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The real problem with the CT-26 at higher boost levels is that the small turbine housing with twin scrolls to maximize the exhaust energy concentrated on the turbine wheel at low RPMs is actually "chocking" the engine. Once the exhaust system has been opened as far as it will go, the only restriction preventing exhaust from escaping the cylinders is the exhaust valve, the exhaust manifold and the turbine. If two boost gauges are attached to the 3S-GTE, one measuring intake manifold pressure and the other exhaust manifold pressure, what is seen is that at boost levels of around 10psi (what the stock MR2 Turbo was designed to operate at) the boost pressure in the intake manifold and the exhaust manifold are practically equal once the CT-26 spools up. This is a very desirable situation and speaks highly of Toyota's ability to match a turbo to their intended application in the MR2. At 15psi of intake manifold pressure, however, the exhaust manifold pressure climbs to over 20psi. This is not desirable. What is happening is that the exhaust gases are being held back by the turbine and, once that starts to happen, the turbine is unable to extract any additional power from the exhaust to push the compressor harder. The only way to produce more power in this situation is to allow the exhaust gases to move more freely across the turbine. There are several ways to do this: 1) get a larger turbine housing that permits more exhaust to flow across the turbine, 2) get a smaller turbine wheel that allows more exhaust to pass across it or 3) "clip" the existing turbine wheel to allow more exhaust to pass through it.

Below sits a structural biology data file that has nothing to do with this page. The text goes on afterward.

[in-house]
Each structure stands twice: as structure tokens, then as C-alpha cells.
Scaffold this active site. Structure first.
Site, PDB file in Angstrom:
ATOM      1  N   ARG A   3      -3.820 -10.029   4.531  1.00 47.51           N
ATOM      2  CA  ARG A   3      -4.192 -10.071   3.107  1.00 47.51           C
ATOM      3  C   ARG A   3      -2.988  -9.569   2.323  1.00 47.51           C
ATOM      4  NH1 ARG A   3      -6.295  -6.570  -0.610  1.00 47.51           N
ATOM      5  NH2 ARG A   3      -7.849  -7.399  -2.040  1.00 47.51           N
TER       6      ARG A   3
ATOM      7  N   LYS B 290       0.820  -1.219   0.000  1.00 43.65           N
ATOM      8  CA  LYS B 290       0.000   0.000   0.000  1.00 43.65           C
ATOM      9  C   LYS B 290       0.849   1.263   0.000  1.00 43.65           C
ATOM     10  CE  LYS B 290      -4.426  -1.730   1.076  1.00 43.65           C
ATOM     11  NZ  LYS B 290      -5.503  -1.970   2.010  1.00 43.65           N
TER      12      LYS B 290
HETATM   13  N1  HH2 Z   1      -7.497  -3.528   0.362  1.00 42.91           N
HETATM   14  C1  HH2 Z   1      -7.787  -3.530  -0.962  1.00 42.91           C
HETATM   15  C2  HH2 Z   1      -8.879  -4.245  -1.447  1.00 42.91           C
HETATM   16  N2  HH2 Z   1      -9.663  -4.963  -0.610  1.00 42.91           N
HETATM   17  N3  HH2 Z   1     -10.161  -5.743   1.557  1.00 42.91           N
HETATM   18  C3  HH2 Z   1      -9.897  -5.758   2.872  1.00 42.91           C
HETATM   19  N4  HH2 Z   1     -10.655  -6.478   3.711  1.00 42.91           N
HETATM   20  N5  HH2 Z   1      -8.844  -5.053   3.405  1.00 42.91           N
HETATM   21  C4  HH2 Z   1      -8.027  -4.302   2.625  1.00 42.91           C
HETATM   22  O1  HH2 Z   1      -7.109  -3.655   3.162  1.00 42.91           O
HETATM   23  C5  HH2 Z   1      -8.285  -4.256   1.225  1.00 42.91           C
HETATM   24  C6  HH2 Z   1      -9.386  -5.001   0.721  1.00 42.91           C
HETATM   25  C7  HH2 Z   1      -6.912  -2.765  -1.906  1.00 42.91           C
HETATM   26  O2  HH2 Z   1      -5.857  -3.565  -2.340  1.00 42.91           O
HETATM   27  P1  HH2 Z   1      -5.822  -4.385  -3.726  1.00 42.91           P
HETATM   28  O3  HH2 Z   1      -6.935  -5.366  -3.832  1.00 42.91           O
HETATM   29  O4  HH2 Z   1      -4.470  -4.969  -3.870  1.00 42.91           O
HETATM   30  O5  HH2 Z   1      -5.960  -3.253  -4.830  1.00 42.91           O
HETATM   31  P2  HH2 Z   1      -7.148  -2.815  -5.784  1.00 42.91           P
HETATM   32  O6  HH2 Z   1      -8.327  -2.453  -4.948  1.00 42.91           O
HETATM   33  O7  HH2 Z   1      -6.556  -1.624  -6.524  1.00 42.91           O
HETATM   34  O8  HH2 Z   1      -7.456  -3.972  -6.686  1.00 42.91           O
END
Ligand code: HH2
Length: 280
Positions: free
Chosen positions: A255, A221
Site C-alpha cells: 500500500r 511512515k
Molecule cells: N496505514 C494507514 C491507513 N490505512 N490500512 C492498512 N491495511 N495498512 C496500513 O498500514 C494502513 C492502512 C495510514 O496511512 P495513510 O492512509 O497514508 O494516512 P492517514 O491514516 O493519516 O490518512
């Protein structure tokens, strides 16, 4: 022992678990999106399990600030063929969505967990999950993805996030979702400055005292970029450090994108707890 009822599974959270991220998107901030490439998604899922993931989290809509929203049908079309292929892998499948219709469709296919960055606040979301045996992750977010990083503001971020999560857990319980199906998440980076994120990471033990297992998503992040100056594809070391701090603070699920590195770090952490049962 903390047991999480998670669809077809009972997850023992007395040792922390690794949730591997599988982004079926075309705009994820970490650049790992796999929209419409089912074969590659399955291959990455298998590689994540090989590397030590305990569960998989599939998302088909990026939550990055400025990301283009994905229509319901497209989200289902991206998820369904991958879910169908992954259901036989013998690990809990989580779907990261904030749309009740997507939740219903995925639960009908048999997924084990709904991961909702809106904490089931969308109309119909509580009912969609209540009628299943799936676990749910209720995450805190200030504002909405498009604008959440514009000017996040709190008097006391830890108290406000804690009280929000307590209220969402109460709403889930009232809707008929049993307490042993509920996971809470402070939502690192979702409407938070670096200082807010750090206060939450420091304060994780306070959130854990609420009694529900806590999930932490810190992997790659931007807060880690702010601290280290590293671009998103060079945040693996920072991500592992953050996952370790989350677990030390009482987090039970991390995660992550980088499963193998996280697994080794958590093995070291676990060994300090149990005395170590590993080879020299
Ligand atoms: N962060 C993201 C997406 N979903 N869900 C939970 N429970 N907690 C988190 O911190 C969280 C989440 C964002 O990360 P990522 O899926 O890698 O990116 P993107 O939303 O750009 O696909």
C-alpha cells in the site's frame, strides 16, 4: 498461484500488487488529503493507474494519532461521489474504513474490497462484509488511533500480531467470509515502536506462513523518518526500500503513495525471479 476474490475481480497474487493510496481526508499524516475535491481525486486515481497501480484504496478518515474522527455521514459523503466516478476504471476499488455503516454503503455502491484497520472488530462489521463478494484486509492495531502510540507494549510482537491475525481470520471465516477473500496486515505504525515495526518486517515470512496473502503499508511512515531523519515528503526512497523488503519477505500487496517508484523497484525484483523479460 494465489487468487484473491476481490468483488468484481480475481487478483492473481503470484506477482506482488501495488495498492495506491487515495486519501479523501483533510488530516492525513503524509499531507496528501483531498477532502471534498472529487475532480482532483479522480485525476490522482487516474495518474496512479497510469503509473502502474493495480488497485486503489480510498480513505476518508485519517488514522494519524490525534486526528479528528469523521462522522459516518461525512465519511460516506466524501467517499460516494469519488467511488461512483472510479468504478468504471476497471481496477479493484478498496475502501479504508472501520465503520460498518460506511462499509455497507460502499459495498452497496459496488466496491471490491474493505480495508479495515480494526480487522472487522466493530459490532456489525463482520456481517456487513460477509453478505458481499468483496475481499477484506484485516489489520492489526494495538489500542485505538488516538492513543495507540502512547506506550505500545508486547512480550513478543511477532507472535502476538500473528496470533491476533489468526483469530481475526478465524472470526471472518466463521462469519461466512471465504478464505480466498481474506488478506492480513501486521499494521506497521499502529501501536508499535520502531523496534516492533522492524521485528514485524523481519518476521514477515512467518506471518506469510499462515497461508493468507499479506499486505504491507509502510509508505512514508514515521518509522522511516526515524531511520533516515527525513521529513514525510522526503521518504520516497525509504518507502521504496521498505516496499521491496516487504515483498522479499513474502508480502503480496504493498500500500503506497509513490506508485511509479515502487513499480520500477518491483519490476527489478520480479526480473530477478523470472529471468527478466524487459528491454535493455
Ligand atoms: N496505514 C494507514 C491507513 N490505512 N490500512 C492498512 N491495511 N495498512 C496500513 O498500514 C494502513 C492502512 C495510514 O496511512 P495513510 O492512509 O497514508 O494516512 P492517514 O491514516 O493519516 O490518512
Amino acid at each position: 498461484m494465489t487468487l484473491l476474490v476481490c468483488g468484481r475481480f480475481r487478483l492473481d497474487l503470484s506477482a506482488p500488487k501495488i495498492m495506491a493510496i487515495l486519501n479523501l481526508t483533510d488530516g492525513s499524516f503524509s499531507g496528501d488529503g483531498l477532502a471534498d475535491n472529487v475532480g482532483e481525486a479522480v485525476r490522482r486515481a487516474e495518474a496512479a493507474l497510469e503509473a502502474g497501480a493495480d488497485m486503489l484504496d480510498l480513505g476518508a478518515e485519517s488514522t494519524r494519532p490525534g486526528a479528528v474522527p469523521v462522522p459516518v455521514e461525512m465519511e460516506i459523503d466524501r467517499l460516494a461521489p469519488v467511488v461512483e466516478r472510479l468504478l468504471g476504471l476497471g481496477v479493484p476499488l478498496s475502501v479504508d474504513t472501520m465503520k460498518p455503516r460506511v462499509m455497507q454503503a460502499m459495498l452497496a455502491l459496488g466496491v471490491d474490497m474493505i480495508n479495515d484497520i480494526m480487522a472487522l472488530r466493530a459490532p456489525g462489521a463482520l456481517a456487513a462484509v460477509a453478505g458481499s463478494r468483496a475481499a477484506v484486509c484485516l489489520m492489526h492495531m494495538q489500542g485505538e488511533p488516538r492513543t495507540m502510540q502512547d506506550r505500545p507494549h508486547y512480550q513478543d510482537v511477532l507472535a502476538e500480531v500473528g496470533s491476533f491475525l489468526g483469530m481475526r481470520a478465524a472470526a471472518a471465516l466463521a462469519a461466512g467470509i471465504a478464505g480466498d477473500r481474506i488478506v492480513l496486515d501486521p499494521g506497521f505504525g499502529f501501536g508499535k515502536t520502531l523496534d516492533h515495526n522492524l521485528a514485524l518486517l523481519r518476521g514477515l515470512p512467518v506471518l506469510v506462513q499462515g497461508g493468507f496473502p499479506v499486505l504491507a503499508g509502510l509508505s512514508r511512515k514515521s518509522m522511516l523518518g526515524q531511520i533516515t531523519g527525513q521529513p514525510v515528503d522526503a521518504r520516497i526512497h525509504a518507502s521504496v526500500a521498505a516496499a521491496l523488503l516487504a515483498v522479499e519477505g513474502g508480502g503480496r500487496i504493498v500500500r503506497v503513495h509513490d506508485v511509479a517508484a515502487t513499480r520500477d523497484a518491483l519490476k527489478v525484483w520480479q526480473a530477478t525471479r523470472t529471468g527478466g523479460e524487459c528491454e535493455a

There are very few options (at least in the USA) for changing the turbine housing or wheel. The single entry CT-26 turbine is easily available, but it does not bolt to the stock MR2 turbo elbow, so serious modifications are required to use it. The most widely available alternative is to clip the turbine wheel. Clipping the wheel does reduce its ability to extract energy from the exhaust, but since there is so much exhaust at the higher RPMs where the stock turbine wheel chokes the engine, clipping is a reasonable choice. Dyno runs with a 12 degree clip have shown ~15 rwhp improvements in peak horsepower and moved the choke point from around 5.5K to 6K RPMs. There is a slight increase in turbo lag, but this can be kept to a minimum if the compressor wheel is kept to a modest size (since there is really no need to go with a large compressor wheel as we determined in the 3S-GTE turbo sizing primer).

At the current time, my suggestion for a twin entry CT-26 upgrade is to add a TO4E-46 trim compressor wheel and perform a 15 degree clip on the turbine wheel. Those who have ceramic turbine wheels (only used in Japanese spec 3S-GTEs) cannot clip due to the brittleness of the material, but the smaller ceramic turbine is already a little less restrictive than the metal one and naturally supports about 10 rwhp more that its unclipped sibling.